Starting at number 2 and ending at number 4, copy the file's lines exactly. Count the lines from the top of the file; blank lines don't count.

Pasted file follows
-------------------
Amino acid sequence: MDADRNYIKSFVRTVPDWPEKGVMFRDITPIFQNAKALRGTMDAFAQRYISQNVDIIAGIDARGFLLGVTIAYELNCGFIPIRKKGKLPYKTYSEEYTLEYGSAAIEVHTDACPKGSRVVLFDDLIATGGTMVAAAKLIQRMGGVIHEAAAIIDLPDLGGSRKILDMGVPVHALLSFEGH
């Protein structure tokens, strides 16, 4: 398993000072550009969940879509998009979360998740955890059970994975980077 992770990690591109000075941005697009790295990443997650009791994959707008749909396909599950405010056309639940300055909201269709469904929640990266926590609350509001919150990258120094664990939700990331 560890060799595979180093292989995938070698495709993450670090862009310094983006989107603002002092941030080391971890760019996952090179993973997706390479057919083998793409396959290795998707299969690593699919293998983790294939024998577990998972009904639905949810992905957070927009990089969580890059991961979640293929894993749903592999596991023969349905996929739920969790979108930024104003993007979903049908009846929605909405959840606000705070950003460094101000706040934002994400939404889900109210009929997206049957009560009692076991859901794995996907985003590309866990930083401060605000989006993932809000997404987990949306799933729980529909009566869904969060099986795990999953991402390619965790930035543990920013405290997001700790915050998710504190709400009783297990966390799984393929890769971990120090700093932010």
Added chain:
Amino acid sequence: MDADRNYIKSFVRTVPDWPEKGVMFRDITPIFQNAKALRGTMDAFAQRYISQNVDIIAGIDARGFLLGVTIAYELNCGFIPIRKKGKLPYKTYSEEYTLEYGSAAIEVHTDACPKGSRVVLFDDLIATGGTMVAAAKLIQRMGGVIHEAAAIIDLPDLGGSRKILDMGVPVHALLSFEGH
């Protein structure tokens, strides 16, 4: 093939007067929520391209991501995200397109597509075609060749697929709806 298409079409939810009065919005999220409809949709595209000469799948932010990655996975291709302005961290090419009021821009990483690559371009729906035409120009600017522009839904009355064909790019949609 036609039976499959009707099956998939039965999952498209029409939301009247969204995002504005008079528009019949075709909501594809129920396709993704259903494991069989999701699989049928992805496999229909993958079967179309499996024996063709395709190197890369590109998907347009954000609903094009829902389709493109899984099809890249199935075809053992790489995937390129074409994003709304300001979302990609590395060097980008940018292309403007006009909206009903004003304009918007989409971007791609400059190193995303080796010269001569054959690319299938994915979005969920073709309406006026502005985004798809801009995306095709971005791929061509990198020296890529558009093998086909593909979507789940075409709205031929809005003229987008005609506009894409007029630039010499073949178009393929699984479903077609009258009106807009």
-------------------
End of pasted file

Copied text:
């Protein structure tokens, strides 16, 4: 398993000072550009969940879509998009979360998740955890059970994975980077 992770990690591109000075941005697009790295990443997650009791994959707008749909396909599950405010056309639940300055909201269709469904929640990266926590609350509001919150990258120094664990939700990331 560890060799595979180093292989995938070698495709993450670090862009310094983006989107603002002092941030080391971890760019996952090179993973997706390479057919083998793409396959290795998707299969690593699919293998983790294939024998577990998972009904639905949810992905957070927009990089969580890059991961979640293929894993749903592999596991023969349905996929739920969790979108930024104003993007979903049908009846929605909405959840606000705070950003460094101000706040934002994400939404889900109210009929997206049957009560009692076991859901794995996907985003590309866990930083401060605000989006993932809000997404987990949306799933729980529909009566869904969060099986795990999953991402390619965790930035543990920013405290997001700790915050998710504190709400009783297990966390799984393929890769971990120090700093932010």
Added chain:
Amino acid sequence: MDADRNYIKSFVRTVPDWPEKGVMFRDITPIFQNAKALRGTMDAFAQRYISQNVDIIAGIDARGFLLGVTIAYELNCGFIPIRKKGKLPYKTYSEEYTLEYGSAAIEVHTDACPKGSRVVLFDDLIATGGTMVAAAKLIQRMGGVIHEAAAIIDLPDLGGSRKILDMGVPVHALLSFEGH